A moment’s inattention,
Sometimes fuelled by drugs or booze,
With no thought of any danger
Or expecting life to lose.

Grief stricken friends and family
Pick up the pieces of their lives
And struggle bravely to continue
Without husbands, kids or wives.

The crosses are reminders
To focus on the drive
And be aware of all around us
So we arrive alive.

Rosemary Robinson August 2015

Timber Creek (MC)


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Bats, Birds …. and Zebras?

When I left Katherine I headed west towards Kununurra –  Darwin, Litchfield and Kakadu will have to wait for another time. I  keep telling myself  “You can’t see everything” …. but …..I really want to! The problem is, the more you see the more you realize there is to see. How some people zip around the continent in a couple of months I’ll never know! They need to read my poem called ‘I Travel in the Slow Lane‘.….

My first stop on the way to the WA border was Timber Creek, where I finally caught up with Margaret.

Katherine to KununurraI surprised Margaret by turning up when I did as she had booked into the caravan park for the night so I went about 10kms out of town to Big Horse Creek, a great low cost camp ($3.30 a night) on the banks of the Victoria River. It was quiet and peaceful, not like Margaret’s night with screeching bats (flying foxes) around her camp.

Margaret joined me at Big Horse Creek the next day but we popped back into Timber Creek for the Family Festival which was being held. Not much to see but I loved the decorations in the trees outside their community centre.(and the scones fresh from the oven with loads of jam and cream!)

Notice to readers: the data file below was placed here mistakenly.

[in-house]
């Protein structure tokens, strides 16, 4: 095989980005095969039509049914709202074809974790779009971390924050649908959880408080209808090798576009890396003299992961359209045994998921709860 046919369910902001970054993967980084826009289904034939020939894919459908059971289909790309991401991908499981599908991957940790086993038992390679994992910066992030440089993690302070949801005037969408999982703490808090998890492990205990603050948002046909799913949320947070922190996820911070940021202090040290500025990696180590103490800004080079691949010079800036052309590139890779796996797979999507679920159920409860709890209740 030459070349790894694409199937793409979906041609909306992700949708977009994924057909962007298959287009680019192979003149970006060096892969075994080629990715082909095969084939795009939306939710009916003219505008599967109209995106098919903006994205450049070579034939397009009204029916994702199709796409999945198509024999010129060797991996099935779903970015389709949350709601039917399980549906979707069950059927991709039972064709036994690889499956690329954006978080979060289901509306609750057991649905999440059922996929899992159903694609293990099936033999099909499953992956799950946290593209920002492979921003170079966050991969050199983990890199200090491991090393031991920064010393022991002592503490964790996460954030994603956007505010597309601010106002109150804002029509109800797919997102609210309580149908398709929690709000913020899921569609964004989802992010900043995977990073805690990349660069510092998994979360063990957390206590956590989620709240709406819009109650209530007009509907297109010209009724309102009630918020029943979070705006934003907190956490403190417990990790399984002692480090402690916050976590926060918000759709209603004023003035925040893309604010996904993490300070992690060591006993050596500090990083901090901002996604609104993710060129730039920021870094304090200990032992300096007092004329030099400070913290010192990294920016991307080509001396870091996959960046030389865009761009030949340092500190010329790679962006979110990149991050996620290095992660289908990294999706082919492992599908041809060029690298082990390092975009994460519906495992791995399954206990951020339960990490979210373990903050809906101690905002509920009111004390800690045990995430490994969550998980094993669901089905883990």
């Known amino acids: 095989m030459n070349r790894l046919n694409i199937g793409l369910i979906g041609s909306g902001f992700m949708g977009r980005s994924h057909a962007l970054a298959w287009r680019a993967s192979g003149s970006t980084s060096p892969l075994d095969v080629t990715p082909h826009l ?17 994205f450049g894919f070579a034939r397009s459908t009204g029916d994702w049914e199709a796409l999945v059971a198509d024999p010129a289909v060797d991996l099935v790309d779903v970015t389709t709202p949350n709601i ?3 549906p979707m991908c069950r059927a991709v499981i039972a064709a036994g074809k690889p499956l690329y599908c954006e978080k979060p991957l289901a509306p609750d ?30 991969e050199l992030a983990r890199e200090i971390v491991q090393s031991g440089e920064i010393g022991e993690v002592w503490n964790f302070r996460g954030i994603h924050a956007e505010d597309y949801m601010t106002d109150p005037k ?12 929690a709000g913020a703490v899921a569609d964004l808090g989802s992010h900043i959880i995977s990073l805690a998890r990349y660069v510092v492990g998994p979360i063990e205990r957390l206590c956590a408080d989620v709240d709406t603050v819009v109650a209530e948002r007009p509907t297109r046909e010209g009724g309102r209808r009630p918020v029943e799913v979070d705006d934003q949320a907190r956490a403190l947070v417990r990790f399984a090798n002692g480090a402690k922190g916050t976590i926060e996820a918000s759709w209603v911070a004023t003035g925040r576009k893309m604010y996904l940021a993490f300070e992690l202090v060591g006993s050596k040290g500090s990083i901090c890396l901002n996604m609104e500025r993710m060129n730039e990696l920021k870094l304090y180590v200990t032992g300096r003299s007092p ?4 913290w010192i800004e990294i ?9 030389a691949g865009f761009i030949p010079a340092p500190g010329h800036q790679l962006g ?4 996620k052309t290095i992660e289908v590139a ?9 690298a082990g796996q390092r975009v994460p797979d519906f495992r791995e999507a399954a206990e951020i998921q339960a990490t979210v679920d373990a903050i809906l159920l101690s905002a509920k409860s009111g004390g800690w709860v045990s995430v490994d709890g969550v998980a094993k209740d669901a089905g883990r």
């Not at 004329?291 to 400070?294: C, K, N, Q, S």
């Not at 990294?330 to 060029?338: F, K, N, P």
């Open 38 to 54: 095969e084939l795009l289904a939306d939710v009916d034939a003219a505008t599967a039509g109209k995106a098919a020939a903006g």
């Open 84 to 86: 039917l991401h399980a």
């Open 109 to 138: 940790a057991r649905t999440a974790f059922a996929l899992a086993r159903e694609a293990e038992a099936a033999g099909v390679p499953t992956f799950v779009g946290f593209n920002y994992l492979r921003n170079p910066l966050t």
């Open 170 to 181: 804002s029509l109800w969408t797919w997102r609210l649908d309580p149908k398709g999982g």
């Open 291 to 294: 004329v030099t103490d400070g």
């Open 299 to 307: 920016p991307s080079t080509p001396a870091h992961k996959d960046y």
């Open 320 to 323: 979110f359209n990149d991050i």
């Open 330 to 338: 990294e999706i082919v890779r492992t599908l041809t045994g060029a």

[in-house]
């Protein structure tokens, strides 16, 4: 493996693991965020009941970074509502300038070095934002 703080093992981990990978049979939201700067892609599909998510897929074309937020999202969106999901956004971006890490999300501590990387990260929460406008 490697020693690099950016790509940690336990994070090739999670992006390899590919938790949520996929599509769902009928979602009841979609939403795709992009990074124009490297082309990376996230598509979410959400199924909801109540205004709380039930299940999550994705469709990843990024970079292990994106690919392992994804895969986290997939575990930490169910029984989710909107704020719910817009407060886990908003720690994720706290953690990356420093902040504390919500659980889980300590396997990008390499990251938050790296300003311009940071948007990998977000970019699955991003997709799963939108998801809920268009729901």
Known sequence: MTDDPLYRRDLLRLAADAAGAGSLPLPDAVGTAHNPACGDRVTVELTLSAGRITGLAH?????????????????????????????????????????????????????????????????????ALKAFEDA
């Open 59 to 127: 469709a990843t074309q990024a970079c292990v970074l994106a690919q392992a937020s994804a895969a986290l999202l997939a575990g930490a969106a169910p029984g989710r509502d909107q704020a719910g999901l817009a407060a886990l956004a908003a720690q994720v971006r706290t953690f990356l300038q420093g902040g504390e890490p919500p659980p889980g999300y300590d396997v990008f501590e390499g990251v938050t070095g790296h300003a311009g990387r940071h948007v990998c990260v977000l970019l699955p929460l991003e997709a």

There were a couple of highlights of our stay at Big Horse Creek. The first one was when a Bowerbird displayed his bright pink comb for us – looks so out of place on such a dull coloured bird …. We have seen lots of these since around Daly Waters but these are the first that showed the pink on their necks. They are funny to watch as they are quite a big bird and they hop rather than walk. They were collecting the white pith out of the boab nuts to decorate their bowers with.

Margaret also captured some great shots of some of the other birds in the area ….

The second highlight of this stopover was catching up with Brian, whose farmhouse I had camped behind in Cudall, west of Orange NSW, about 18 months ago. He was heading east, I was heading west, and although he arrived late in the day and Margaret and I left early the following morning it was fun to fill in the gaps of the last 18 months.